The River Douro and its protector baron

Thursday, November 24, 2016, 19:44

Sepia print of Jospeh James Forrester, Barao de Forrester


Who do you think this man is? From his clothes he's clearly a man from history. He was not born a baron but he died as one. Just take a moment to imagine what he might have done to warrant ennoblement.

Did you think that, with his romantic shock of curly hair and a pen in his hand, he might be a Portuguese poet or a playwright? If you did, you would be wrong. But, if you thought he contributed enormously to Portuguese cultural life and economy in ways still relevant today then indeed you would be right.

To learn who this man was; what he did for Portugal; why it is arguable that it is because of him that the steep shale banks of the River Douro are as productive and look as beautiful as they do today; and why there is a pousada named after him, click here.
View of the Douro River and the terraced vinyards

The man in the sepia print was so well loved in part of northern Portugal in the early 1800s that he once received addresses of thanks from 102 parishes and he is still remembered, almost two centuries later, as the Protector of the Douro. Indeed, his contribution to the country was so deeply appreciated by the state, that he was given the title Barão by King Fernando II.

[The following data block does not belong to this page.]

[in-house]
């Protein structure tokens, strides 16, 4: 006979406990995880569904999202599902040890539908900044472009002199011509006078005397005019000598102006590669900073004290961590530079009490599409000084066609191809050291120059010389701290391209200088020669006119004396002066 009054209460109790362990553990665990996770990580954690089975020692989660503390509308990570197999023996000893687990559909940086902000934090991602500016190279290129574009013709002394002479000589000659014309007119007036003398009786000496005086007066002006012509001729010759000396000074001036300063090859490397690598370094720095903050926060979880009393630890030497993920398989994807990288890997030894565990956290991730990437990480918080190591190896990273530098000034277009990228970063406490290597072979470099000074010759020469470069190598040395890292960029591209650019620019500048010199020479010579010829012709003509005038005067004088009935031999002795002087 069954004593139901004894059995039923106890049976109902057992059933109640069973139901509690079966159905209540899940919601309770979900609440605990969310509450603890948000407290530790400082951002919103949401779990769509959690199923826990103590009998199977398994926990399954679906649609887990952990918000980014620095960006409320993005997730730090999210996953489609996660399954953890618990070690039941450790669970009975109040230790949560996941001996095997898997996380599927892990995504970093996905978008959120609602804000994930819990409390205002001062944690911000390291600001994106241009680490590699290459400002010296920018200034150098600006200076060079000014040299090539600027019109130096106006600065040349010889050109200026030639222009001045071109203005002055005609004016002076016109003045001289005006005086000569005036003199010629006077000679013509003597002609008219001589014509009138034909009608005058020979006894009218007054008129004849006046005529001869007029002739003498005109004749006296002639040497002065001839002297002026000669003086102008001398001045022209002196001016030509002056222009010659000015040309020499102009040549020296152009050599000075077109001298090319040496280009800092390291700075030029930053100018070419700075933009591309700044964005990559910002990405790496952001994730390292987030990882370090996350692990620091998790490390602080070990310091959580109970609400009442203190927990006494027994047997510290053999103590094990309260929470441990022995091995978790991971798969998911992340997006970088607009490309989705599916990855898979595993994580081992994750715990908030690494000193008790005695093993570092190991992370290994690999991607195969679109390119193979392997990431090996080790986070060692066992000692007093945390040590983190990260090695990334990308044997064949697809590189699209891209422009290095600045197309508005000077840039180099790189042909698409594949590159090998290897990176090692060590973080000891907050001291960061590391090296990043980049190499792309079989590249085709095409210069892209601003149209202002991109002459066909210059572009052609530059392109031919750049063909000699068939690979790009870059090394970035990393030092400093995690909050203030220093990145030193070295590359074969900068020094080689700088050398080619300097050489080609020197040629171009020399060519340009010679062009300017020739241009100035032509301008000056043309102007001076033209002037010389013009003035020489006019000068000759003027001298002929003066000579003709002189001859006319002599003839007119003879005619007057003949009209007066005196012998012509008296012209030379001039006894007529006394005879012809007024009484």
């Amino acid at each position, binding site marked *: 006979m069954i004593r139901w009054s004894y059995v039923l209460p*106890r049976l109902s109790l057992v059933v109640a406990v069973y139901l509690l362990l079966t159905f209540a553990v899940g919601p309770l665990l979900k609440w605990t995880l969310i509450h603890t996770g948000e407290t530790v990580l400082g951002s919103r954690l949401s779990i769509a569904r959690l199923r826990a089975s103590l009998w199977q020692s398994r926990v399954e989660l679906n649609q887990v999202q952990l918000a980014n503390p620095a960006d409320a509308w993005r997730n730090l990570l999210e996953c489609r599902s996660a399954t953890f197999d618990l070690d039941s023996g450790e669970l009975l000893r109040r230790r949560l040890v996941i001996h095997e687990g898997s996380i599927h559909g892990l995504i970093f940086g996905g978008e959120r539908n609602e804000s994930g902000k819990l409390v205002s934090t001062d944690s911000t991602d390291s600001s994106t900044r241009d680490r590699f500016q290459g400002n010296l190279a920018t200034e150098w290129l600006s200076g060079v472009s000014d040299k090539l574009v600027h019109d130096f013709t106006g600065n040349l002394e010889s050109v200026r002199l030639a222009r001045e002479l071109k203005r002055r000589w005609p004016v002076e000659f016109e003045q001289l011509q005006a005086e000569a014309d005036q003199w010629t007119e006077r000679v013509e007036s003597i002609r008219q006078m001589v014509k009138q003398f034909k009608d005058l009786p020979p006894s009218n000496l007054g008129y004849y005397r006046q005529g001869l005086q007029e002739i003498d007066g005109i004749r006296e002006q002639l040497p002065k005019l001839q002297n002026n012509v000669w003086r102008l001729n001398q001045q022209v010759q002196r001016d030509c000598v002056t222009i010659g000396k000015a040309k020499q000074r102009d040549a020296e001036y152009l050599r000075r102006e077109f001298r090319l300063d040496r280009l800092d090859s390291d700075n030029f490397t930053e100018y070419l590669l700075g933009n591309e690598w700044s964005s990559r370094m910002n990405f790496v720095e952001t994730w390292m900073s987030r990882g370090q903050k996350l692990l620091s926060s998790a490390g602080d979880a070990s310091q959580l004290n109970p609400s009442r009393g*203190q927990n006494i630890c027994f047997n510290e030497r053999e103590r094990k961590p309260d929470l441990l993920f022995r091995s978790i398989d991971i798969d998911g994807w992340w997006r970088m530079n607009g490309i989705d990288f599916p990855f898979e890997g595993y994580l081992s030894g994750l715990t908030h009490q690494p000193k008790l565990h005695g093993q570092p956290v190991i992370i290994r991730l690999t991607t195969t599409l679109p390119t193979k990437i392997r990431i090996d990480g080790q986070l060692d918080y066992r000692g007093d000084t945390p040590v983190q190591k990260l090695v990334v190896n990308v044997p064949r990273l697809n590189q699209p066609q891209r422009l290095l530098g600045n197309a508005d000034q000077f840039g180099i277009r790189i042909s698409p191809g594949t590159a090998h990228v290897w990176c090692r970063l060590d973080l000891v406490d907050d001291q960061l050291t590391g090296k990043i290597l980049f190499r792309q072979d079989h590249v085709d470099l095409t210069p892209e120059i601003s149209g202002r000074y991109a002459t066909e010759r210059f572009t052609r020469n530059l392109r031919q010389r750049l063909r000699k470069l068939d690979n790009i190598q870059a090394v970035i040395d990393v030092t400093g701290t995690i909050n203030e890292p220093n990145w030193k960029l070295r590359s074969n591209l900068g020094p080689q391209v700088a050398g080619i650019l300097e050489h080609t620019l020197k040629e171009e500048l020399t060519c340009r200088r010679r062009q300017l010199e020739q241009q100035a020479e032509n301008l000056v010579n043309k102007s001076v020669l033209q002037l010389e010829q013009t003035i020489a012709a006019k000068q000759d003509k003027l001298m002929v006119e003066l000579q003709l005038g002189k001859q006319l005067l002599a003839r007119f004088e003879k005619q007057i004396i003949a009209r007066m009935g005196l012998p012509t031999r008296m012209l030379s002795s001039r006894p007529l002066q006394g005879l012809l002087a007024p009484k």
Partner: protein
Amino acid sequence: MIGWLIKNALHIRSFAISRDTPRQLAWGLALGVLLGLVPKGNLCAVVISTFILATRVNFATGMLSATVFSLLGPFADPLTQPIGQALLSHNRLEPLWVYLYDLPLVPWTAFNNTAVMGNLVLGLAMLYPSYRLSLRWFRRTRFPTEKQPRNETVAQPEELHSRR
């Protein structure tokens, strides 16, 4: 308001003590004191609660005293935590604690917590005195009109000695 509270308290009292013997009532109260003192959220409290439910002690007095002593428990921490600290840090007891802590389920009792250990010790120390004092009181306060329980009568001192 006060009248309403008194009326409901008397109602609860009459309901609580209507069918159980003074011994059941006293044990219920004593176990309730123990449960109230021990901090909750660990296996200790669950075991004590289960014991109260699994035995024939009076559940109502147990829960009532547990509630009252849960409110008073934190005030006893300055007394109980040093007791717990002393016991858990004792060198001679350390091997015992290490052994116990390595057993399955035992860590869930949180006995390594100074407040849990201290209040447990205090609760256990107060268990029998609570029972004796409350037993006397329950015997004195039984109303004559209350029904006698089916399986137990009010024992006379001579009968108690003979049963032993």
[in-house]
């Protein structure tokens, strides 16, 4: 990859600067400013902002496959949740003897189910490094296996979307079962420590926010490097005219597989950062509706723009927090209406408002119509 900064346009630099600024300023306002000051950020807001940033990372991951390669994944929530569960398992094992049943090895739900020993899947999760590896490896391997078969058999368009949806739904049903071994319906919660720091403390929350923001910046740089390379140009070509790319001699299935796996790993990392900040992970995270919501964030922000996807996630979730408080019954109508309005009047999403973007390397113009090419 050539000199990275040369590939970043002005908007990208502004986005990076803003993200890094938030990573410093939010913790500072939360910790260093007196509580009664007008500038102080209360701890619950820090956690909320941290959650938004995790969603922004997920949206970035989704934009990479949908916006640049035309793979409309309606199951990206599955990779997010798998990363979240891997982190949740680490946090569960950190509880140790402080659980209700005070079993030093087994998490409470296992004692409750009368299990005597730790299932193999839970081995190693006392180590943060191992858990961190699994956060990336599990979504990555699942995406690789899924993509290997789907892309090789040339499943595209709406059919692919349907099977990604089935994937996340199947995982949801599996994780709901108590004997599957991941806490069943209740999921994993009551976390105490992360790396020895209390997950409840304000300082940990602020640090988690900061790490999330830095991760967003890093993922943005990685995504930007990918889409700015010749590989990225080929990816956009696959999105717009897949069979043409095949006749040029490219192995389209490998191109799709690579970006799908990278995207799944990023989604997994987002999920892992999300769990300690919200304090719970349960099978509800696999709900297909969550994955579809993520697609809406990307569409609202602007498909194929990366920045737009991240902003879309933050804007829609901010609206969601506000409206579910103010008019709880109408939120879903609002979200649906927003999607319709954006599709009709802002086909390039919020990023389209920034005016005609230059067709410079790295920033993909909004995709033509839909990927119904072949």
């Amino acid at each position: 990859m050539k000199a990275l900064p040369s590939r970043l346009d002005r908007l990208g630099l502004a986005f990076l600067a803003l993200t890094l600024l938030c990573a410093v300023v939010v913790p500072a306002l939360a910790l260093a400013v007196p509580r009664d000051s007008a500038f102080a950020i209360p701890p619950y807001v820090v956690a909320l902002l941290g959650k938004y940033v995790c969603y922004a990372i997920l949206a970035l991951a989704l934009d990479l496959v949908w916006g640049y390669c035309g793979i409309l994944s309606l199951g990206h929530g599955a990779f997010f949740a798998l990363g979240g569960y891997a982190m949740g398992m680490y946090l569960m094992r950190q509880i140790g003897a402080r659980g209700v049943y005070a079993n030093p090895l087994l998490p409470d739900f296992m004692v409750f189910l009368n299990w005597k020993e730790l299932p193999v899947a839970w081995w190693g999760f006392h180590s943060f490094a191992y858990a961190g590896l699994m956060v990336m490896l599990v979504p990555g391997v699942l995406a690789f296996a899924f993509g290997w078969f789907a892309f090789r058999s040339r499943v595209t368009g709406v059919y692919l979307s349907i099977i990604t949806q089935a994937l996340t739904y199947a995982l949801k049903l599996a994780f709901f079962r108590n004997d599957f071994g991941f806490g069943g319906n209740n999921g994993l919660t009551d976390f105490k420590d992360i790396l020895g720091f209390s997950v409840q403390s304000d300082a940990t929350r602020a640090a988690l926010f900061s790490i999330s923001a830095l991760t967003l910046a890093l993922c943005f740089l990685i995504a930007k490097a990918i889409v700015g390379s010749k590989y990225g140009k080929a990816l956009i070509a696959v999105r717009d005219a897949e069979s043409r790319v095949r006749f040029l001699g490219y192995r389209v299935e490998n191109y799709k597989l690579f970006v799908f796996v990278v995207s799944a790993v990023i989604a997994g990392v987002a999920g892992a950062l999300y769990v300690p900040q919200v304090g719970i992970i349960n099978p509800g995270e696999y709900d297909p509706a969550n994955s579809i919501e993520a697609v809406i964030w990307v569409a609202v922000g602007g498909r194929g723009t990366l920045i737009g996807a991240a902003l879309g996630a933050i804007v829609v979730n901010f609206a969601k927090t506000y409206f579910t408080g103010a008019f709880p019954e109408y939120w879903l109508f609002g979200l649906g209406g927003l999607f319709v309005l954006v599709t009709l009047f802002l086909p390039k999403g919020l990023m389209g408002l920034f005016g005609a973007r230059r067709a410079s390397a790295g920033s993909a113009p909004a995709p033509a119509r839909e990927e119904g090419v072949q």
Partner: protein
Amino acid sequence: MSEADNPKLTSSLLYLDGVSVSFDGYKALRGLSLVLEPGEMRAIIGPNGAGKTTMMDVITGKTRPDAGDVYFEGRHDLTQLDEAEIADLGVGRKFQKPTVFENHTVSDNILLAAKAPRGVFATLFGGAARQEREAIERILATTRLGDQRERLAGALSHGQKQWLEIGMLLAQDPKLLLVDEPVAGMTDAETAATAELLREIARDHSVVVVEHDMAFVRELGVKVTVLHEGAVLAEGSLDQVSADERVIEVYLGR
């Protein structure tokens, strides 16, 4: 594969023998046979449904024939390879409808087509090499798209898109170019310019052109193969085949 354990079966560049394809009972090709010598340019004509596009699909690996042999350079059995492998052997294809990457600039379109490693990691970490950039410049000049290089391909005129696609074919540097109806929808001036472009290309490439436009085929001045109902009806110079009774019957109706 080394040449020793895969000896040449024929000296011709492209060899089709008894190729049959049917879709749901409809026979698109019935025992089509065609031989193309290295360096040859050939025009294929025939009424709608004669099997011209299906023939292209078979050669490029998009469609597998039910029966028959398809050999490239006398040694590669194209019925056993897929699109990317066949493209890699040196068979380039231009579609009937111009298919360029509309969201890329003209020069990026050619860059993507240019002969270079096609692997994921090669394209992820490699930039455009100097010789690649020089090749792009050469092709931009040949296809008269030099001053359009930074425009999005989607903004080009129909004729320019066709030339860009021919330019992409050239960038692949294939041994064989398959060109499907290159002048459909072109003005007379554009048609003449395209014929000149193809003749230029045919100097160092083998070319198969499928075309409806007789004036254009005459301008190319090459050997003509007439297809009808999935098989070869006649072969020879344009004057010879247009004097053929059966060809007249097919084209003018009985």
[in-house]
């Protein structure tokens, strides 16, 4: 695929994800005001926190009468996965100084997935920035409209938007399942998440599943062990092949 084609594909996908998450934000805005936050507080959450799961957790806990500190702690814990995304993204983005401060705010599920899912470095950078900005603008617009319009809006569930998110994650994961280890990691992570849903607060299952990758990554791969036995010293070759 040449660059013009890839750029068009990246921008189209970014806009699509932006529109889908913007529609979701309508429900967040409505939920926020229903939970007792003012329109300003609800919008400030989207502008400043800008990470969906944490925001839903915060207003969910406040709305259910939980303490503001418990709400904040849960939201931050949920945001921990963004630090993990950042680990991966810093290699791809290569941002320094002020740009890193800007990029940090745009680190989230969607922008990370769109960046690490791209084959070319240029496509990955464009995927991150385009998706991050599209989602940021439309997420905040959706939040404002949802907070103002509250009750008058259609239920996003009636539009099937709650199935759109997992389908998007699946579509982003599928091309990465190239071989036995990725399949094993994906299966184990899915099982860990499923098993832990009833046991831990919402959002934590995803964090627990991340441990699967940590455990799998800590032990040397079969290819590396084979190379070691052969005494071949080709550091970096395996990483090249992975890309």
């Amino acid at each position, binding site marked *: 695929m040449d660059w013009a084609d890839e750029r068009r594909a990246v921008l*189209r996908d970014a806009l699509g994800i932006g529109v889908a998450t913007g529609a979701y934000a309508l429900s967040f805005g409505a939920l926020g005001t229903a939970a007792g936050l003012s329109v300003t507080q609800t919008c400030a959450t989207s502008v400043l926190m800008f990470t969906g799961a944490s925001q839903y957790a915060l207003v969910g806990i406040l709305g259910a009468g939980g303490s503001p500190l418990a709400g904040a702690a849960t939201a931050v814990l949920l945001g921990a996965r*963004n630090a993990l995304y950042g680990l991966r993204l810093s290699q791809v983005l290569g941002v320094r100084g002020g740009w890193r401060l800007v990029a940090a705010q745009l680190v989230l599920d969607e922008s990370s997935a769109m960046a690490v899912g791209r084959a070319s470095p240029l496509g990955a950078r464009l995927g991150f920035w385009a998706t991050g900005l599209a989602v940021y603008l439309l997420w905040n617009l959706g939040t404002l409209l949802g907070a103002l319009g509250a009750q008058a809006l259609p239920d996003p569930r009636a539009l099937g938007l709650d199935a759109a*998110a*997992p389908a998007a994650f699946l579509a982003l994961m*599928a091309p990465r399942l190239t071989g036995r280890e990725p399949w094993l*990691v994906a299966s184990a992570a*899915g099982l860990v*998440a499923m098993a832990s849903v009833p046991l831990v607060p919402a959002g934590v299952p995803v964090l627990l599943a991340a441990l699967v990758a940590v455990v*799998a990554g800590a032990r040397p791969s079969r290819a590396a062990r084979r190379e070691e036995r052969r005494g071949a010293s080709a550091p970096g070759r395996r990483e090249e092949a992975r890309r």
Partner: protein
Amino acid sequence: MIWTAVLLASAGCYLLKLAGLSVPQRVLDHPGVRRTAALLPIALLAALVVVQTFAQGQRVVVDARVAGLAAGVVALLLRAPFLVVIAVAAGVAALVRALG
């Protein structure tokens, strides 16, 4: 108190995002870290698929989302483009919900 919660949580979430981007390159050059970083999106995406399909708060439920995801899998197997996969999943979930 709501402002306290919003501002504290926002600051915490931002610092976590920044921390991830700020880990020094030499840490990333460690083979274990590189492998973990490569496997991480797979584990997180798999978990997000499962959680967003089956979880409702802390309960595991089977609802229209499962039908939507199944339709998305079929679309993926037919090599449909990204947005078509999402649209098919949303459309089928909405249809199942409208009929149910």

Added to this distinction is a list of august societies of which he was a member - royal and scientific societies in Lisbon, Porto, Turin, London, Paris, Berlin – too numerous to write out in full. For most people that might seem enough achievement for any man but this one was also awarded gold medals by the pope and the emperors of Russia, Austria and France and, not long before his death, the King Piedmont, Charles Albert, detached from his own breast the cross of St. Maurice and St Lazarus, which he had worn throughout his military campaigns, in order to affix it to the baron's coat.

So who was this man who did so much for Portugal and was so lauded by the rest of the world? And where did he come from? He was not from the north of Portugal, not from the south nor even from the centre. Extraordinarily he was born just down the road from my English home in Yorkshire. Joseph James Forrester, Barão de Forrester, was born in Hull of Scottish parents.

Name plate at Offley's wine cellar in Porto